Superheroes  > Marvel  > Other by A to Z  > A - H

Black Panther: Doomwar s/c


Black Panther: Doomwar s/c Black Panther: Doomwar s/c Black Panther: Doomwar s/c

Black Panther: Doomwar s/c back

Jonathan Maberry, Reginald Hudlin & Will Conrad, Ken Lashley, Scott Eaton, Gianluca Gugliotta

Price: 
31.99

Page 45 Review by Stephen

Expanded edition now collecting BLACK PANTHER (2009) #7-12, DOOMWAR #1-6, KLAWS OF THE PANTHER #1-4 and material from AGE OF HEROES #4 so Marvel can charge you more money. In 2011 of the six-issue mini-series only I wrote:

X-Men / Black Panther / Fantastic Four team-up which I initially dismissed as just another of the twenty new Marvel mini-series that month. I take a little of the blame for that but Marvel Central must take most for the aforementioned, not remotely exaggerated reason.

It's good, and Eaton's art has a delicate, European flavour to it. Storm's hair is particularly lovely. Storm's predicament is not.

Wakanda, you see - the never-conquered nation at the heart of Africa ruled by T'Challa - has been in receipt of a coup. Recorded delivery: they signed for it and everything.

A revolution for the people by the people: that's how they're promoting it to the outside world. T'Challa's bride, Wakanda's deposed queen and astonishing X-Man Storm, is on show-trial for her life. She's convicted as a western poison. Let's forget the fact that she's African, and that the real power behind the coup is Doctor Victor Von Doom Esq., ruler of Latveria (black population nil). I wonder what he wants out of it? Can you spell "Vibranium"?

Maberry does a ridiculously good job of emphasising the heroes' helplessness. T'Challa and the new Black Panther are stranded on the outside, desperately seeking the succour of a mutant strike force whose nation Utopia is so new and therefore fragile that they daren't be seen to act like aggressors by illegally invading a foreign country. That's best left to older nations like America and Britain. In any case, as I say, Wakanda has never been successfully invaded. That much was made abundantly, wittily and somewhat satisfyingly clear at the beginning of Reginald Hudlin's first run (BLACK PANTHER: WHO IS THE BLACK PANTHER?), and is done so again. Storm, who was specifically on trial for attacking Wakandans, is forced by Doom to pick the Vibranium vault locks under Doom's far from idle threat of slaughtering Wakandans, and Wakandan protestors are given no legitimacy because the new regime will not send in their tanks to suppress them.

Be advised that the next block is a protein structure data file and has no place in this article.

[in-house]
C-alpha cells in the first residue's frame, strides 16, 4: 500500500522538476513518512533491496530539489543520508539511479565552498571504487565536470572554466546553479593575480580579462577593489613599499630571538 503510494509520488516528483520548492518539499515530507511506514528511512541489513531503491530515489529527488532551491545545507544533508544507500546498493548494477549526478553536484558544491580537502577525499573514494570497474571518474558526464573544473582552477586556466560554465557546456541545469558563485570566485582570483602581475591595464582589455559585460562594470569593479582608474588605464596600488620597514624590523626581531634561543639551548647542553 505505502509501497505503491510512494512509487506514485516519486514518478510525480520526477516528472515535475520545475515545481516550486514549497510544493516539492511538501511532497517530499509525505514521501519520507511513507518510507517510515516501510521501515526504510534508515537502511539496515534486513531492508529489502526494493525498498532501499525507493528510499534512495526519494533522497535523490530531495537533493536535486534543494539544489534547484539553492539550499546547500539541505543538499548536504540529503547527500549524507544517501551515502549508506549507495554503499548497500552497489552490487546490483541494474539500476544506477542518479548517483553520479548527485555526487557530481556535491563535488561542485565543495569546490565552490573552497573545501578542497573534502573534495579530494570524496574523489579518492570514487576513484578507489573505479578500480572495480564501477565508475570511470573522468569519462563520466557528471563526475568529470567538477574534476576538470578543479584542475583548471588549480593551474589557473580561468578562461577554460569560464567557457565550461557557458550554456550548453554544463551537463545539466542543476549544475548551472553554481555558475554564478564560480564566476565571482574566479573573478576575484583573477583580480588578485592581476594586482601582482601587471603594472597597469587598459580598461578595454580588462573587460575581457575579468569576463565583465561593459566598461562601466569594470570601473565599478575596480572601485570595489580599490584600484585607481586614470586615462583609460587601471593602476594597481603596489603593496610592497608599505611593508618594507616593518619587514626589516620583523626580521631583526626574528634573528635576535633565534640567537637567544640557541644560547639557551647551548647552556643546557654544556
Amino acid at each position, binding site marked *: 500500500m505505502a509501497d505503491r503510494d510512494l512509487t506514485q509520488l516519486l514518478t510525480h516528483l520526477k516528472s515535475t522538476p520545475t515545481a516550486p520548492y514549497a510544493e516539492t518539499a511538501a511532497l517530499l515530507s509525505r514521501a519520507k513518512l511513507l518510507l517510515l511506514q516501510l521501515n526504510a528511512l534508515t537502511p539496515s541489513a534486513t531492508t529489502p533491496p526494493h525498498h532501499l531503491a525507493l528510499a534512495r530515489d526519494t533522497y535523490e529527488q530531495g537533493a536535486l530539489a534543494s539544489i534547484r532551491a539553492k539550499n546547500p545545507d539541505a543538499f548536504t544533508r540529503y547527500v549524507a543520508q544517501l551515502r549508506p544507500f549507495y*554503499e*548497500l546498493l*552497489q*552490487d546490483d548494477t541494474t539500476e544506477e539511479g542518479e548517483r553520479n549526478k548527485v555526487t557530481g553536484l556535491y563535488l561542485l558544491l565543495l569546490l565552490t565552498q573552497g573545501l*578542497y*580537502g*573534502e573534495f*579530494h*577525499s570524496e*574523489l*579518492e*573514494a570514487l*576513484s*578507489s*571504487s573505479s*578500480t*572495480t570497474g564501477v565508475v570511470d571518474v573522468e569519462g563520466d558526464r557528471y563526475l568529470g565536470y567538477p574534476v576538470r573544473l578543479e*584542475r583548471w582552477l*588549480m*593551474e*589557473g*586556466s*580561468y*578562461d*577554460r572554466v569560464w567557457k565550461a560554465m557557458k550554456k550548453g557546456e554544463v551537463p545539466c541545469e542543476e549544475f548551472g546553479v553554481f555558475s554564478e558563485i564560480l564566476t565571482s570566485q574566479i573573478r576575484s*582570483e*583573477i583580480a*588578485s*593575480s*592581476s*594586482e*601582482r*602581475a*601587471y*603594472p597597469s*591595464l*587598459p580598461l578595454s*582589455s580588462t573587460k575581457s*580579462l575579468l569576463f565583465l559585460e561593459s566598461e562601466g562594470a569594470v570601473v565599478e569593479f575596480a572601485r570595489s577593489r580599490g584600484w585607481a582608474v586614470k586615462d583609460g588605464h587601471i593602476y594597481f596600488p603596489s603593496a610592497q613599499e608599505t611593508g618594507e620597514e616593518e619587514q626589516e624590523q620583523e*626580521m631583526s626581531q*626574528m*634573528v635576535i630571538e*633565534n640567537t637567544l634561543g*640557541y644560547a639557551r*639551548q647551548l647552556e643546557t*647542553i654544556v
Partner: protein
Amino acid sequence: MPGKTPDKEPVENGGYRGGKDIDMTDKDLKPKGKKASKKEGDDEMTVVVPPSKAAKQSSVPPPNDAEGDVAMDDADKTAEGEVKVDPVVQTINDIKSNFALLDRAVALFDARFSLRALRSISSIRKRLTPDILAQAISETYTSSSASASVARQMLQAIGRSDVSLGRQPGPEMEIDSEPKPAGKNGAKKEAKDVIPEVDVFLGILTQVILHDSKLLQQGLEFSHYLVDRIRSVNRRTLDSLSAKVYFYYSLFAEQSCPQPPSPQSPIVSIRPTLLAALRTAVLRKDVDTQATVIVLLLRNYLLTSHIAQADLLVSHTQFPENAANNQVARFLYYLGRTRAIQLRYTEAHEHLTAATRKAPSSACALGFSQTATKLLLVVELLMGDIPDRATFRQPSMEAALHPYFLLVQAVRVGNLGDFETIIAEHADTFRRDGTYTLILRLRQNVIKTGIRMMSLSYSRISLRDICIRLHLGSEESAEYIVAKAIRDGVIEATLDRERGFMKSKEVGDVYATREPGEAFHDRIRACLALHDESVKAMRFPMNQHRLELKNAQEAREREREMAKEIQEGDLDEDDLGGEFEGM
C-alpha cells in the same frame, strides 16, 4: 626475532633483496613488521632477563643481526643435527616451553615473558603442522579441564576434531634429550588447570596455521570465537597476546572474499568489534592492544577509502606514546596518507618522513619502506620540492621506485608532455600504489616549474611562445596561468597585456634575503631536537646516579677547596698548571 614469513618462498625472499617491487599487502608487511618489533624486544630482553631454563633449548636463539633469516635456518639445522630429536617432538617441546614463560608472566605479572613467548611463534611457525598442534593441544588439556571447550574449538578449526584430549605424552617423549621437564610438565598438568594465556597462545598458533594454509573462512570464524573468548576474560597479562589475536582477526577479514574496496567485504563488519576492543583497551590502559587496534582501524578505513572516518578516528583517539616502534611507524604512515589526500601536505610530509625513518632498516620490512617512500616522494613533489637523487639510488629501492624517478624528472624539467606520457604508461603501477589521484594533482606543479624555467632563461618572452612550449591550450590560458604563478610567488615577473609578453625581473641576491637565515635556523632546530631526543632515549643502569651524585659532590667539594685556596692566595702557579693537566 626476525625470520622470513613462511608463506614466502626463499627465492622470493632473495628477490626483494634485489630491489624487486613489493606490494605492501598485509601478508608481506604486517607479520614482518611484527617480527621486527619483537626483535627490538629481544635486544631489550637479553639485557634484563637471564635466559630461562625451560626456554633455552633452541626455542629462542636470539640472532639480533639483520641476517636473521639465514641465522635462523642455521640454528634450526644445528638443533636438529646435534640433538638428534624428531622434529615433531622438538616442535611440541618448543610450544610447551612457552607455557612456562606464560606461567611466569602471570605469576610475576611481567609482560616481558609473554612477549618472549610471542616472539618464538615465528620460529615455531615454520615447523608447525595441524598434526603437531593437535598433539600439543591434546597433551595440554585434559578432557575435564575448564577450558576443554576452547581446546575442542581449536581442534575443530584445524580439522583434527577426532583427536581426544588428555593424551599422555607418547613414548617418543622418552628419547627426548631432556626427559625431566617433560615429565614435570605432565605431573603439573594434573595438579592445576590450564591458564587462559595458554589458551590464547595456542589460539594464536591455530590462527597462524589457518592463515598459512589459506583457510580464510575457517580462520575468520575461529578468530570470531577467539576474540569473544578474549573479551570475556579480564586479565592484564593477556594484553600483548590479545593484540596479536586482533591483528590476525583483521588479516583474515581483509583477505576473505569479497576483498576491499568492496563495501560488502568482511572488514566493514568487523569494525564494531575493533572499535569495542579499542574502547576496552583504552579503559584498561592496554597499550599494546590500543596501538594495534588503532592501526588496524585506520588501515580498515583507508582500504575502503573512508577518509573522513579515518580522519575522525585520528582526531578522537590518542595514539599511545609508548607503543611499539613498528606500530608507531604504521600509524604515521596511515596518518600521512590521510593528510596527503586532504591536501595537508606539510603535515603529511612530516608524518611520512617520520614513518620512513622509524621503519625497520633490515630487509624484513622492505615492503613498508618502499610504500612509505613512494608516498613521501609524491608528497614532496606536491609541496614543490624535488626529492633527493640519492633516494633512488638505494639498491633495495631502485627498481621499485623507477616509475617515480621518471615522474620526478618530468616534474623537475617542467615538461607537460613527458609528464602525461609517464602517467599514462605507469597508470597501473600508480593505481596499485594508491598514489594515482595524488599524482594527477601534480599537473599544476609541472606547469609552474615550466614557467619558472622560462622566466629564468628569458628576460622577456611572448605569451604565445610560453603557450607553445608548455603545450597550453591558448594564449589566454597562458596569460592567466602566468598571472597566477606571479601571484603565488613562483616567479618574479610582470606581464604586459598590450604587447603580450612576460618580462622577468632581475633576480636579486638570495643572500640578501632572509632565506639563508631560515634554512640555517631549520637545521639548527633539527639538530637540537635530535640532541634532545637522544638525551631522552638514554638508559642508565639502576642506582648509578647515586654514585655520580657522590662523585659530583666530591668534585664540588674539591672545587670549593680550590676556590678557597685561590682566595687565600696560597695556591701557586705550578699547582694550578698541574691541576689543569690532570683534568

Their names are taken, obviously, for when the protests subside.

The first chapter's last three pages displayed note-perfect timing from both writer and artist, utilising the one way possible to turn the tide in attempting to invade an unassailable country.

I'm sorry...?

<BAMF>

spacer